Festival-goers flocked to the desert this weekend for Coachella’s lineup of global headliners, including the likes of Bad Bunny and Blackpink. While the massive annual music and arts festival is known locally for draining out LA (and making it easier to get a coveted restaurant reservation in town), in recent years the festival has gone out of its way to offer stellar food from big-name culinary talent. From the Korean fried chicken of Chimmelier to the Latin flavors of Mírate, the food scene this year really reflected the artists’ and Los Angeles’s diversity.
Compared to previous years where wristbands cost around $400, Coachella prices have increased significantly — the General Admission wristbands start at $549, while VIP runs an eye-watering $1069. While that’s a seriously steep price, it is true that when it comes to the Coachella food scene, the VIP area reads like a who’s who of LA dining — and the offerings are head and shoulders above the often greasy, carb-heavy options in the general admission section. Here are some of the best bites from Coachella’s first weekend.
Through the entrance and just past the iconic Coachella ferris wheel is the Beer Barn. Plenty of trees dot the picnic-like area, providing shade for attendees to enjoy the double cheese smashburger from Burger She Wrote or bean-based “beef” tacos from Taco Party. This is a great place to catch a bite before popping down south towards the Do Lab or continuing on to the Terrace.
Past the multi-colored Spectra art installation stands the Coachella Courtyard. Options here include the classic hot chicken sandwich from Dave’s Hot Chicken, which leaves a pleasant lingering after-burn, cut with refreshing bites of pickles and slaw. For vegetarian eaters, the plant-based ribs from Compton Vegan are worth trying before dancing away to the pounding beats of the nearby Yuma tent.
Near the entrance of Coachella Courtyard stands an unmarked red door where folks can find Chef Phillip Franklin Lee’s Sushi by Scratch omakase speakeasy. Seating just a dozen people at a time, Sushi by Scratch is the most intimate dining experience the festival has to offer (reservations required). The 16-course meal progresses from bites of toro and king salmon topped with matcha salt to nigiri pieces with A5 Hokkaido wagyu and bone marrow dripped over unagi. Along the way, six different types of sake, presented with generous pours, are paired with the sushi. While the tickets run at $375, the high-energy, two-hour performance by the zealous chefs and bar manager (along with the quality and attentiveness of service) make it an exceptional meal.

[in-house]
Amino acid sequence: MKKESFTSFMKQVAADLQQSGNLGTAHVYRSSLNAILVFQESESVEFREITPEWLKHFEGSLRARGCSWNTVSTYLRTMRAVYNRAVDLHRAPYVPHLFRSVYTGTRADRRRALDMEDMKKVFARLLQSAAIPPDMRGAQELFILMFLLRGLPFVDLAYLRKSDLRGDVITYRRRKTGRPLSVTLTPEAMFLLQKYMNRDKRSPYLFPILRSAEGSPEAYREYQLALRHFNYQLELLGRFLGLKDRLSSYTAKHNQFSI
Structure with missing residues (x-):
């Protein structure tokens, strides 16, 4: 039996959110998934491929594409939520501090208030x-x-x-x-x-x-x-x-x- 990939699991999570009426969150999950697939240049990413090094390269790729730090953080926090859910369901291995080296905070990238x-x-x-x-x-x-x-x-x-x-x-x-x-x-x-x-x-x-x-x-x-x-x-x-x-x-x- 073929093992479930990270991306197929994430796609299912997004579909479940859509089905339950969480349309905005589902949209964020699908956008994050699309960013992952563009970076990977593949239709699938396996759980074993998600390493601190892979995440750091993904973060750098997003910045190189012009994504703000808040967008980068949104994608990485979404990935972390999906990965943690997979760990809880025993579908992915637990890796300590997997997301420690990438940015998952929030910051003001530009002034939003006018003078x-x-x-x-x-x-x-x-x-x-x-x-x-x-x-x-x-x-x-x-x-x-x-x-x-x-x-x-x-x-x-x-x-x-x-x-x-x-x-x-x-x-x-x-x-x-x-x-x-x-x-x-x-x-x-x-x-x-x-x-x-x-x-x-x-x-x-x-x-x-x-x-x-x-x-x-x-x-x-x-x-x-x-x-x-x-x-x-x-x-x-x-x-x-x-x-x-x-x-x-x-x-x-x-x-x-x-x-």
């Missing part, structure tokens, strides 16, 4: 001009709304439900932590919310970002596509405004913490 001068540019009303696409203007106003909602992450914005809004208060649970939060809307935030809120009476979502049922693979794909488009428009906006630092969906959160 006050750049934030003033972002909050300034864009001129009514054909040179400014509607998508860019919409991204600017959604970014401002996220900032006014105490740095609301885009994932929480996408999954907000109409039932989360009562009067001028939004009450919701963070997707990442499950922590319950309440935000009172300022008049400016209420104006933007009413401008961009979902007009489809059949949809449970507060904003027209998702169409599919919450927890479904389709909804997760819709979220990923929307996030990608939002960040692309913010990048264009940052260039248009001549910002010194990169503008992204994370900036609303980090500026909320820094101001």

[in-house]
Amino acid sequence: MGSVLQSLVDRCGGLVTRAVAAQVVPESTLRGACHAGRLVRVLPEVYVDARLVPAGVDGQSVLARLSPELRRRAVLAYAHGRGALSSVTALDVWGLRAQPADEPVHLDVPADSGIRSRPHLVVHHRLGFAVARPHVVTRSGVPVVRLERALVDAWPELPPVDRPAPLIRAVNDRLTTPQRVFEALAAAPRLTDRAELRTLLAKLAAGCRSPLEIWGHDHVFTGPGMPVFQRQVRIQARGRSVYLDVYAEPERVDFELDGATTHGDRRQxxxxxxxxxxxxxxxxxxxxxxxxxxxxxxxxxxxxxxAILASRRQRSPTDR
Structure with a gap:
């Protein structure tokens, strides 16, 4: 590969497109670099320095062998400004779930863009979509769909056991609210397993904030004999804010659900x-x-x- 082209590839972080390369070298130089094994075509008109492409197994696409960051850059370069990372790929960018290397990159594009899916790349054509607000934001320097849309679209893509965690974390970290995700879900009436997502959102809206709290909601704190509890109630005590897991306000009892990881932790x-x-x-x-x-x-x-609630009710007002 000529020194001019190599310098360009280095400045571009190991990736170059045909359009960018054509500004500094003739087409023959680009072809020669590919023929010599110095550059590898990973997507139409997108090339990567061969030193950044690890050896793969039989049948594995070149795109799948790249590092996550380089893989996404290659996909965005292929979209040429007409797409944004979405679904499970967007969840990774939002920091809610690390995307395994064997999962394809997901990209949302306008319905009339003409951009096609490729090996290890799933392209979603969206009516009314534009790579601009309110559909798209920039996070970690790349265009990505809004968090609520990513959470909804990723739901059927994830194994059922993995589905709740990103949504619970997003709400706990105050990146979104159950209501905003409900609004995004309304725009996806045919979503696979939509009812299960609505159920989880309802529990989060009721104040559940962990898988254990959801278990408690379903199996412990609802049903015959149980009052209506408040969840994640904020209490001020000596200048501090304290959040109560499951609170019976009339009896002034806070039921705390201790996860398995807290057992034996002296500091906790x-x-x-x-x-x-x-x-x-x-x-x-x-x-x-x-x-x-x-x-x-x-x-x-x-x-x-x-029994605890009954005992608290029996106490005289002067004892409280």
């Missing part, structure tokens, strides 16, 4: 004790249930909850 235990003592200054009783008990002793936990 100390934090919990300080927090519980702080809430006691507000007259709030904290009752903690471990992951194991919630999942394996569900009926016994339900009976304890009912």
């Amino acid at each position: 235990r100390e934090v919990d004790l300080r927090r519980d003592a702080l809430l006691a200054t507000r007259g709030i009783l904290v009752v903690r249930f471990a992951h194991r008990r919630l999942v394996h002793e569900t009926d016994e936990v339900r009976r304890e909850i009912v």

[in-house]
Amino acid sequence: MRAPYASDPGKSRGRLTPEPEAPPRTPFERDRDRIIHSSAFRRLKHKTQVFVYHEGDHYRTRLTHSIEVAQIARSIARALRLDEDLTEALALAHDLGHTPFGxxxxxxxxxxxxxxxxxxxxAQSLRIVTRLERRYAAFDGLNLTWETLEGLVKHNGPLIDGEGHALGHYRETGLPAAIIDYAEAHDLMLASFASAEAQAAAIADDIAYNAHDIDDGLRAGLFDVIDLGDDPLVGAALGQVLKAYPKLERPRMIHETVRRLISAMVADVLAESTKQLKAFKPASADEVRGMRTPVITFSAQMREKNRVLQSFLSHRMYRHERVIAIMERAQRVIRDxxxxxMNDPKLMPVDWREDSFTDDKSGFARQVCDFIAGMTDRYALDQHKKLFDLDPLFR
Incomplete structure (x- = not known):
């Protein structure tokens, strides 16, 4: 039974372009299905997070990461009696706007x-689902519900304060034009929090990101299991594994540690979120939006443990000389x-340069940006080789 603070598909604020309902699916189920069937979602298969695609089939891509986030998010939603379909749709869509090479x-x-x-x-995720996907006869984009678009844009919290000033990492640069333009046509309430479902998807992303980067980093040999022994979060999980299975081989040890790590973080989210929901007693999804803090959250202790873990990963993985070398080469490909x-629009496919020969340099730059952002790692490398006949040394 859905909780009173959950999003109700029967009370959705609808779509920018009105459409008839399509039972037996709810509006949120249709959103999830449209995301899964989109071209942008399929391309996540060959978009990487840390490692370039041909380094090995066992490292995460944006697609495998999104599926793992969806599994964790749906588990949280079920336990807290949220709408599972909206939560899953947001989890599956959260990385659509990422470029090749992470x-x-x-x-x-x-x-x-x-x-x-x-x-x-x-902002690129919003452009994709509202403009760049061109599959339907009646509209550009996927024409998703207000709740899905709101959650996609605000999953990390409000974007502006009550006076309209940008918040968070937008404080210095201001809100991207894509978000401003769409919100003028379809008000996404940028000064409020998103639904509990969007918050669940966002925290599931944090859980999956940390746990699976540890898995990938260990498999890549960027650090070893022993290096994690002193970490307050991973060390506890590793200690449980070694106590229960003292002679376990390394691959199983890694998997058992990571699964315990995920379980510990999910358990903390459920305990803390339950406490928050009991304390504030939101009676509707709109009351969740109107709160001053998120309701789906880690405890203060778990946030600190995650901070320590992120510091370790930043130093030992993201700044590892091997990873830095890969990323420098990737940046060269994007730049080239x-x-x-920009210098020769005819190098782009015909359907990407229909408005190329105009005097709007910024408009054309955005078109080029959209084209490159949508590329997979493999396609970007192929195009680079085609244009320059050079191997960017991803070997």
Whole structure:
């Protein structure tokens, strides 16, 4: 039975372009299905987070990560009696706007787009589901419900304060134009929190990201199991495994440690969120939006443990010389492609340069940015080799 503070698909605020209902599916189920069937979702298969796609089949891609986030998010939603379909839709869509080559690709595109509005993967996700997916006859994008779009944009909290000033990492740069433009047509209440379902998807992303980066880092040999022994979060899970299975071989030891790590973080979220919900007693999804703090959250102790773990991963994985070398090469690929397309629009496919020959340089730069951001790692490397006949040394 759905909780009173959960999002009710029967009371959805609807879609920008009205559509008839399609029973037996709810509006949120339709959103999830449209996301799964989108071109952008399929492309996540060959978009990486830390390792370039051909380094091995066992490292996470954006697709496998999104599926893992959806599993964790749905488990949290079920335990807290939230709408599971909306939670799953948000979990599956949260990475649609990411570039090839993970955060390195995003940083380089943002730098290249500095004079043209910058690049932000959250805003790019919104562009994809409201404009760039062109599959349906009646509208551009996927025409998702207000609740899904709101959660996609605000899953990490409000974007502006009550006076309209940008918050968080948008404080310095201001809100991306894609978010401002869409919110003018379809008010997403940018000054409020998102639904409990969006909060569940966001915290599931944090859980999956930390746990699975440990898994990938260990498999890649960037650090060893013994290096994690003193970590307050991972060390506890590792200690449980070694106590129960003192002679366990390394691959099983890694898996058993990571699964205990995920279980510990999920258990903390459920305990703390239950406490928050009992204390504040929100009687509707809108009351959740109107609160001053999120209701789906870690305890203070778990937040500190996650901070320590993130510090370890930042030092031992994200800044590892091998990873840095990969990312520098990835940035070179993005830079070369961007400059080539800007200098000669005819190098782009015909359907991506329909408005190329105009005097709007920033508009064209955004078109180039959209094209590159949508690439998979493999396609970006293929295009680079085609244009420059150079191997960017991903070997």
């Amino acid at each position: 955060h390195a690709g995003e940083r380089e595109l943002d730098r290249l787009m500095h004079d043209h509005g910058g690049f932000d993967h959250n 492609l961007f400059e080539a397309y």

12 Peaks VIP area
Just above the Coachella Courtyard is the 12 Peaks VIP area, where some of LA’s hottest restaurants are lined up beneath a row of palm trees. Yangban’s signature wings may cost $32 for three wings, but the sweet and sour sauce makes them one of the festival’s best items. The pop-up kitchen churns out orders quickly, and attendees have been eager to get their hands messy with the generous portion sizes. Nearby, Mírate’s Mexican birria pizza has been calibrated for the Coachella crowd. Topped with fresh tomatoes, olives, feta cheese, and greens, the slices are an elevated step above the usual festival pizza fare. Bang Bang Noodles presents just two menu items, but the Szechuan hand-cut noodles remain a reliable, spicy, and filling festival meal.
“The curation that they’re doing here is quite remarkable,” said Nelson Lee, co-owner of Bang Bang Noodles. “The fact that you’re able to come this far away to be in the middle of the desert and have this level of food quality is amazing.”
The Michelin-starred bistro Camphor, based out of the Arts District, hosted a full restaurant pop-up experience in the 12 Peaks VIP section. The 12-course tasting menu features standouts such as the amaretto oysters and smoky asparagus maltaise, but comes at a cost — namely, $150 per person, plus some less-than-comfortable seating. Others might do well to make for the juicy burger from Camphor’s sister pop-up, Le Burger, instead.
Indio Central Market
On the opposite side of the grounds, Indio Central Market is a sprawling food court area offering ramen, burgers, pizza, and more. While some diners complained about the small portion sizes presented by vendors, over at Farmhouse Kitchen the pad thai order provided plenty of noodles to chow down on while watching Sofi Tukker or Dominic Fike at the Outdoor Theater stage. The fried mushroom baos at Maneating Plant were also a plant-based crowd favorite.